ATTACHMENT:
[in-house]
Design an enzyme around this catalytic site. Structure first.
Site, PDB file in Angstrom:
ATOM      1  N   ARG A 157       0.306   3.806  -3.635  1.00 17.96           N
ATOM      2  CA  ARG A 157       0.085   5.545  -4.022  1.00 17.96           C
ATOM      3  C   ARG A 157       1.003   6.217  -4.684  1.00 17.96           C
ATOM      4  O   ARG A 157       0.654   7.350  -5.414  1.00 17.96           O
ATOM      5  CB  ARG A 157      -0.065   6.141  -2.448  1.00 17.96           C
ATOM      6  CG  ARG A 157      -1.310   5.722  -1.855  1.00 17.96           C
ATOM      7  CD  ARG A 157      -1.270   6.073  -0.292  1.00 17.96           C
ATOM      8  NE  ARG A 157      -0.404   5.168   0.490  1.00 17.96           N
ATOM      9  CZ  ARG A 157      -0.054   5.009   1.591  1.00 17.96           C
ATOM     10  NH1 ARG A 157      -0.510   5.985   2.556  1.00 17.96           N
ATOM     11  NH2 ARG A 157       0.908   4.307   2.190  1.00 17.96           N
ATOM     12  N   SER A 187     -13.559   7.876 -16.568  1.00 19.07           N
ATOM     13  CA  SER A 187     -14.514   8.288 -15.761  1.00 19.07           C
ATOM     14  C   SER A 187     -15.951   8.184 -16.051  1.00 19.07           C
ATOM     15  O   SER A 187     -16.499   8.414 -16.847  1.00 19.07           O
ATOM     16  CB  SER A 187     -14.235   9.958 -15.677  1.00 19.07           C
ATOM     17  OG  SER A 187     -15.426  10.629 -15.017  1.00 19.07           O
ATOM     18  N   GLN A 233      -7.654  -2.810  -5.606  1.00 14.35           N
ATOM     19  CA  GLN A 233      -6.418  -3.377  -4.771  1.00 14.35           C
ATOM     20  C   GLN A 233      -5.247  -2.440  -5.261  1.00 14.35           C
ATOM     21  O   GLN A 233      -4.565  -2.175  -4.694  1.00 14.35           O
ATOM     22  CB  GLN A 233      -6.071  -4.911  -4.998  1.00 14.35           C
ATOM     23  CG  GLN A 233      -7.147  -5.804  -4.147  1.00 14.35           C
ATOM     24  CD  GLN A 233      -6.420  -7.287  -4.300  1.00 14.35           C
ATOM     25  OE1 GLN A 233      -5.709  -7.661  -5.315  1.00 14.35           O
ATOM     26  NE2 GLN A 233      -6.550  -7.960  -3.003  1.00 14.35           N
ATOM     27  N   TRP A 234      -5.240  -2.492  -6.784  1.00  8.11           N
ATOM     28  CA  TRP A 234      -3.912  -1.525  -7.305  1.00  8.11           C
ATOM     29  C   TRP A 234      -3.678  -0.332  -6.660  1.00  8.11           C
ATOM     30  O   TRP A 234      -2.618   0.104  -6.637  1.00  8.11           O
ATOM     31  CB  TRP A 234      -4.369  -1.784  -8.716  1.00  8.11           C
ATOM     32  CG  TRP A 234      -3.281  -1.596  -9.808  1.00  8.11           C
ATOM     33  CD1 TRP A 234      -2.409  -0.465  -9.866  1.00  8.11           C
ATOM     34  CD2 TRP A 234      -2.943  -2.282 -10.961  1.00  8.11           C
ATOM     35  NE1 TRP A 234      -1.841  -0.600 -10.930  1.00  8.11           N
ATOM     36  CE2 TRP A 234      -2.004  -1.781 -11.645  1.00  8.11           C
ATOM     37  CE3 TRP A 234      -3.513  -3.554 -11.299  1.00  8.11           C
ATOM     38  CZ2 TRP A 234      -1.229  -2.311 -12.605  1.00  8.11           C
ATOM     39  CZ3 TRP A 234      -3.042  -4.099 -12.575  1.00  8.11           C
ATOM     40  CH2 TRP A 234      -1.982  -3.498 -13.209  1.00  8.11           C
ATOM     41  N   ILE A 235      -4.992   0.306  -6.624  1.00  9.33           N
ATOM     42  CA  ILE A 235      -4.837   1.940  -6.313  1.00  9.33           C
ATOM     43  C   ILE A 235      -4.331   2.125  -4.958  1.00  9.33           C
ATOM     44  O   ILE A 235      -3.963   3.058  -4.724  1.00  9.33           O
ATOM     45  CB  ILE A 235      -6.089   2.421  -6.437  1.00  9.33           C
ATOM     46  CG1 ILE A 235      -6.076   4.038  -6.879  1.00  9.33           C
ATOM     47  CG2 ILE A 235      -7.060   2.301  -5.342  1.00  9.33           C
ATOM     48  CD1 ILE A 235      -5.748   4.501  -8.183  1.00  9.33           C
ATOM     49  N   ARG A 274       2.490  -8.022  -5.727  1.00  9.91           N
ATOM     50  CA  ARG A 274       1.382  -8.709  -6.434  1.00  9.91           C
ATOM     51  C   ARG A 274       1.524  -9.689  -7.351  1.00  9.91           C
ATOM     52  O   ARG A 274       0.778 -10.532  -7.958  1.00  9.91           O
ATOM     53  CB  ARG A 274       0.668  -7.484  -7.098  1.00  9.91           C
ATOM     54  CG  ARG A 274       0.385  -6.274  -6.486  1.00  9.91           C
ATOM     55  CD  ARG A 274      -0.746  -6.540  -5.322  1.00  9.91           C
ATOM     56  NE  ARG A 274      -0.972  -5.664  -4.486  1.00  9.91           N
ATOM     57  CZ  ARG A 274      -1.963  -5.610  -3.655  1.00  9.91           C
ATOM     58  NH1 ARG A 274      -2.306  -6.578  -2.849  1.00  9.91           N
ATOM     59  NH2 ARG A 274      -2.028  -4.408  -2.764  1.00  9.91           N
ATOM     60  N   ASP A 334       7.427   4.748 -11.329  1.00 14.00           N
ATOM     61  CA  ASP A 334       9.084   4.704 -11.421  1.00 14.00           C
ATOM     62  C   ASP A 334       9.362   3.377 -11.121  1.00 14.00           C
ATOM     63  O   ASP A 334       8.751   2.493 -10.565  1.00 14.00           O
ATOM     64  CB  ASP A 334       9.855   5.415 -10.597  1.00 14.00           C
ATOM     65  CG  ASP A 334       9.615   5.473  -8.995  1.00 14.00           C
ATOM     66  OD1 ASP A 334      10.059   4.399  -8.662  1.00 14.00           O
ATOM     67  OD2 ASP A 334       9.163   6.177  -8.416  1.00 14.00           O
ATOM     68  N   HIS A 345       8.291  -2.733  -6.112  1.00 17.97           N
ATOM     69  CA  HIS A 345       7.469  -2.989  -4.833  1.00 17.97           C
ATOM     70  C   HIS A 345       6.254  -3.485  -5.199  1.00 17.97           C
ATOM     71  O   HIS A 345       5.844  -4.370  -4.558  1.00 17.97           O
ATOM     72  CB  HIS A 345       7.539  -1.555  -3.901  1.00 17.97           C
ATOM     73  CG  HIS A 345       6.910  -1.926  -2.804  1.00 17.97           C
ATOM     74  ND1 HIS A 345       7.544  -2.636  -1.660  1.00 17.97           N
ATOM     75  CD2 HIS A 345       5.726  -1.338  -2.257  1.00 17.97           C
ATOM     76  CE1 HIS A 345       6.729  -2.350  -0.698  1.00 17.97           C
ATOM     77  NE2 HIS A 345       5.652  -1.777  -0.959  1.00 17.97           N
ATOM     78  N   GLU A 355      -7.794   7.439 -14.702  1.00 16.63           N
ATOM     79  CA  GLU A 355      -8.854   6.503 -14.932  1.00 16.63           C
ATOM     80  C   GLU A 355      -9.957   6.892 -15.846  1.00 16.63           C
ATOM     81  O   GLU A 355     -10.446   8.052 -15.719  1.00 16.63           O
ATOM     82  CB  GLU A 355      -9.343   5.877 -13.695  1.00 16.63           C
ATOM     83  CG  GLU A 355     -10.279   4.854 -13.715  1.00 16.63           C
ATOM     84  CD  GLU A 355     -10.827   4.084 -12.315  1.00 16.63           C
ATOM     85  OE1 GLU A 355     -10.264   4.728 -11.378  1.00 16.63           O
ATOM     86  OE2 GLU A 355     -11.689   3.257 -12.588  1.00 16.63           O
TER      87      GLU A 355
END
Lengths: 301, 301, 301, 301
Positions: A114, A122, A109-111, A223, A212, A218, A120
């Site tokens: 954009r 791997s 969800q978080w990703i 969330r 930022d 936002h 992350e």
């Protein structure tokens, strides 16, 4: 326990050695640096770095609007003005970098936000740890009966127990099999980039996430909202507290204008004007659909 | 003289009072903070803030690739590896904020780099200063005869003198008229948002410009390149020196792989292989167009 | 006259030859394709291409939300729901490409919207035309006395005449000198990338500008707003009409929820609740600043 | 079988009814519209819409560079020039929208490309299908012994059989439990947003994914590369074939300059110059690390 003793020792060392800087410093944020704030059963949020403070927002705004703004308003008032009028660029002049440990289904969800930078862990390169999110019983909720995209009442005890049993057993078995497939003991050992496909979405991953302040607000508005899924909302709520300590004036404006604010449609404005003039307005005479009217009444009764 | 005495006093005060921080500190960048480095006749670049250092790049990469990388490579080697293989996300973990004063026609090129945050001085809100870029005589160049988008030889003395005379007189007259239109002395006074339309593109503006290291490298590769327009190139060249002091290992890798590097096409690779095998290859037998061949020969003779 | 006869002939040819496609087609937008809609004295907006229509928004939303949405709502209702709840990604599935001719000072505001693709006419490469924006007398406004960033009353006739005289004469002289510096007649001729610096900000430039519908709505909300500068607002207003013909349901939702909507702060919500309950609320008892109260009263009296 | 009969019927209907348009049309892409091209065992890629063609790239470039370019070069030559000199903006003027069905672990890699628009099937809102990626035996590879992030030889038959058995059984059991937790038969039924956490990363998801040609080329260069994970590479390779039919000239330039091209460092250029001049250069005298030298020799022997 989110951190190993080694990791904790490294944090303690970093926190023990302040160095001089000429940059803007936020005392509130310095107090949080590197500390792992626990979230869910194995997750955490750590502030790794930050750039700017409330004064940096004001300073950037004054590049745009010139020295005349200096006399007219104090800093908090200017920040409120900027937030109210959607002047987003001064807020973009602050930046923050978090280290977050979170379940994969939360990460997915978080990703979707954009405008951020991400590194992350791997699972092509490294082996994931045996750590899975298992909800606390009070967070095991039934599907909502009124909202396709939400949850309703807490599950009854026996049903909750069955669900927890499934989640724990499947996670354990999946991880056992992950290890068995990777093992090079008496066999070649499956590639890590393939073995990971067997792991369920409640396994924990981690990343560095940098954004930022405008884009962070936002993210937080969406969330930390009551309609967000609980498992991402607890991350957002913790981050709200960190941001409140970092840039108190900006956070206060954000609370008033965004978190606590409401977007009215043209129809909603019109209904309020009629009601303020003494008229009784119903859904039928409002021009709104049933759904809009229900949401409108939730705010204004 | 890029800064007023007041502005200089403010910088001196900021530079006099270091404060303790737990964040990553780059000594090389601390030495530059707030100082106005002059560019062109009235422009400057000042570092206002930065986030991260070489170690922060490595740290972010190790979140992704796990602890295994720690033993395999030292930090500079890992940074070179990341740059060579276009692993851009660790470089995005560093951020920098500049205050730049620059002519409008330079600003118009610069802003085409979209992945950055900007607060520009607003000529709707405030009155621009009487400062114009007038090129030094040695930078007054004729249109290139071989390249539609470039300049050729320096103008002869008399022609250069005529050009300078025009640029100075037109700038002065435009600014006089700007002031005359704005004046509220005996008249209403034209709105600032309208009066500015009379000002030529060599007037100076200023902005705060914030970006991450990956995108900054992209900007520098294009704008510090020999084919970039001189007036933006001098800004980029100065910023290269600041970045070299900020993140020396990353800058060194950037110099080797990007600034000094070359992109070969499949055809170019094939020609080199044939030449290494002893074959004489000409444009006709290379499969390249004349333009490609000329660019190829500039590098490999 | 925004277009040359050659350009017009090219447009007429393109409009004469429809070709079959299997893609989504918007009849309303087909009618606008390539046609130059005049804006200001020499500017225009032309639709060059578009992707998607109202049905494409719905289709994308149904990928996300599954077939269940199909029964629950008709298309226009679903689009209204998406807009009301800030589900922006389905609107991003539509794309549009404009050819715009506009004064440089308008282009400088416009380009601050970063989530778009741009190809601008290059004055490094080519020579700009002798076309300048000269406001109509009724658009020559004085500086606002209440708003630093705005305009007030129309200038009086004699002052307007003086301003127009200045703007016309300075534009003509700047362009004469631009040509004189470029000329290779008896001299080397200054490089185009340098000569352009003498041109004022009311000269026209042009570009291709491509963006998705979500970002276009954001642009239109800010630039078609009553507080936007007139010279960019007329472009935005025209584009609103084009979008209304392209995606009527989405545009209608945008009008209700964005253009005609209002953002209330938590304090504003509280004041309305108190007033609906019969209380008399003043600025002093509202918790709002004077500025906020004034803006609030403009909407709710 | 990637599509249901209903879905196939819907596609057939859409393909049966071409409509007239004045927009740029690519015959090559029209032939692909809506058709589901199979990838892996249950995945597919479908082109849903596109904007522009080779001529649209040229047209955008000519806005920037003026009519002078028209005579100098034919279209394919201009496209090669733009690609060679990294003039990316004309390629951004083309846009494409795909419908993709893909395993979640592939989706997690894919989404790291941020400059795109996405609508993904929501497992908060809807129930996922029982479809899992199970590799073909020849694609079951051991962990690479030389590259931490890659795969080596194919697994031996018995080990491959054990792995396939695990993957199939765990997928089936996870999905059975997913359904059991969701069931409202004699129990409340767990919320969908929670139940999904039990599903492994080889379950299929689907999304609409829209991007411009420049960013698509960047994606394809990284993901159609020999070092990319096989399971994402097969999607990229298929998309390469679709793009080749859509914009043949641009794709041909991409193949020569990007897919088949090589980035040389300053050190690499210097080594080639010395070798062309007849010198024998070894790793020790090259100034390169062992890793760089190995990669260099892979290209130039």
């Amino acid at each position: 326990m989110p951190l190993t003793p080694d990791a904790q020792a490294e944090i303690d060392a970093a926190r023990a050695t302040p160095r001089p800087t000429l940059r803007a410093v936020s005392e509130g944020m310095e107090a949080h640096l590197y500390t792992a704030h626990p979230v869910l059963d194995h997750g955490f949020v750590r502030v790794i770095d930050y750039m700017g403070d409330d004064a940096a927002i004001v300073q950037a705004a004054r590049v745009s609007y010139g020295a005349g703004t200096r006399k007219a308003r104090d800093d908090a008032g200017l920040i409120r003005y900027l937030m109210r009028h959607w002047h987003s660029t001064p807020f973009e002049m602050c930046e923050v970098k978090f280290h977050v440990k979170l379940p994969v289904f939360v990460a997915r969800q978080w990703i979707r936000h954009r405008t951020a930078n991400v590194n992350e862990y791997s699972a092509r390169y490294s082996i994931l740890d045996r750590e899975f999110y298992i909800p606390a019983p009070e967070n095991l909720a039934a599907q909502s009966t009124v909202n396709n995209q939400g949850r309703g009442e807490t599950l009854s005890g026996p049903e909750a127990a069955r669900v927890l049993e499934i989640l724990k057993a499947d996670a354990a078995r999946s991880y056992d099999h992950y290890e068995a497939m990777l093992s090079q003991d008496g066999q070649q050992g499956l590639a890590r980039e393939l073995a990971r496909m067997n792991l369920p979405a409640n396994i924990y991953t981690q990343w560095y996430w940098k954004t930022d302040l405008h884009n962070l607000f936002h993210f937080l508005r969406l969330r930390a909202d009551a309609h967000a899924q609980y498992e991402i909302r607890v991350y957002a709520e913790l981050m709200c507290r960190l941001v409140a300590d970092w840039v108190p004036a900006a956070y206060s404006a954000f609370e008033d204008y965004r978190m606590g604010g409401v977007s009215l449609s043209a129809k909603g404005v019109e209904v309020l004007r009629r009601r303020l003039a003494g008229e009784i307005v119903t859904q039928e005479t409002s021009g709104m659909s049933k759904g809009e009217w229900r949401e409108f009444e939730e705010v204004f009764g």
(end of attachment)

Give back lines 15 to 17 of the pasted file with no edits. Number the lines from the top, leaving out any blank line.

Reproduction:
ATOM     12  N   SER A 187     -13.559   7.876 -16.568  1.00 19.07           N
ATOM     13  CA  SER A 187     -14.514   8.288 -15.761  1.00 19.07           C
ATOM     14  C   SER A 187     -15.951   8.184 -16.051  1.00 19.07           C